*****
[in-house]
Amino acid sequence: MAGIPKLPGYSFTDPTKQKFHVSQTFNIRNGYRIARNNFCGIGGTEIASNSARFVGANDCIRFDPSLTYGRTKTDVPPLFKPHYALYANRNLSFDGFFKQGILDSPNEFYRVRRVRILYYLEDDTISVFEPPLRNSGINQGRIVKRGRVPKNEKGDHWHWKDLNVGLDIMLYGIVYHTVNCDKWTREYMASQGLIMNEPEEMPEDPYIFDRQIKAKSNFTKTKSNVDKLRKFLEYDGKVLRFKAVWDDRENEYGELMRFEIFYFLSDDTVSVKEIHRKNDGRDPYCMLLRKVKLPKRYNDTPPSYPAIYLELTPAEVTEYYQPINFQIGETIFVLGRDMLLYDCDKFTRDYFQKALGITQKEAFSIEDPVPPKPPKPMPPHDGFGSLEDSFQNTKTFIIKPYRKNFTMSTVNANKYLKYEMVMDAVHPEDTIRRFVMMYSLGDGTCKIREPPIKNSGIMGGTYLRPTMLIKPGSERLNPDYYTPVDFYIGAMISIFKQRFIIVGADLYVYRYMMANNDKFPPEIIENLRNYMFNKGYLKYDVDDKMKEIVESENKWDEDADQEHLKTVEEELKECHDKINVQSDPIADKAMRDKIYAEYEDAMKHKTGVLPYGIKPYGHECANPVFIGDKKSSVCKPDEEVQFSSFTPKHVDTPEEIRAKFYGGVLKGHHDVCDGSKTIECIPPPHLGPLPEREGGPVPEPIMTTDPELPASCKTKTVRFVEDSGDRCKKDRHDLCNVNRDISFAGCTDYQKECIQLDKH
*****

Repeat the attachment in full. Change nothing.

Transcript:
[in-house]
Amino acid sequence: MAGIPKLPGYSFTDPTKQKFHVSQTFNIRNGYRIARNNFCGIGGTEIASNSARFVGANDCIRFDPSLTYGRTKTDVPPLFKPHYALYANRNLSFDGFFKQGILDSPNEFYRVRRVRILYYLEDDTISVFEPPLRNSGINQGRIVKRGRVPKNEKGDHWHWKDLNVGLDIMLYGIVYHTVNCDKWTREYMASQGLIMNEPEEMPEDPYIFDRQIKAKSNFTKTKSNVDKLRKFLEYDGKVLRFKAVWDDRENEYGELMRFEIFYFLSDDTVSVKEIHRKNDGRDPYCMLLRKVKLPKRYNDTPPSYPAIYLELTPAEVTEYYQPINFQIGETIFVLGRDMLLYDCDKFTRDYFQKALGITQKEAFSIEDPVPPKPPKPMPPHDGFGSLEDSFQNTKTFIIKPYRKNFTMSTVNANKYLKYEMVMDAVHPEDTIRRFVMMYSLGDGTCKIREPPIKNSGIMGGTYLRPTMLIKPGSERLNPDYYTPVDFYIGAMISIFKQRFIIVGADLYVYRYMMANNDKFPPEIIENLRNYMFNKGYLKYDVDDKMKEIVESENKWDEDADQEHLKTVEEELKECHDKINVQSDPIADKAMRDKIYAEYEDAMKHKTGVLPYGIKPYGHECANPVFIGDKKSSVCKPDEEVQFSSFTPKHVDTPEEIRAKFYGGVLKGHHDVCDGSKTIECIPPPHLGPLPEREGGPVPEPIMTTDPELPASCKTKTVRFVEDSGDRCKKDRHDLCNVNRDISFAGCTDYQKECIQLDKH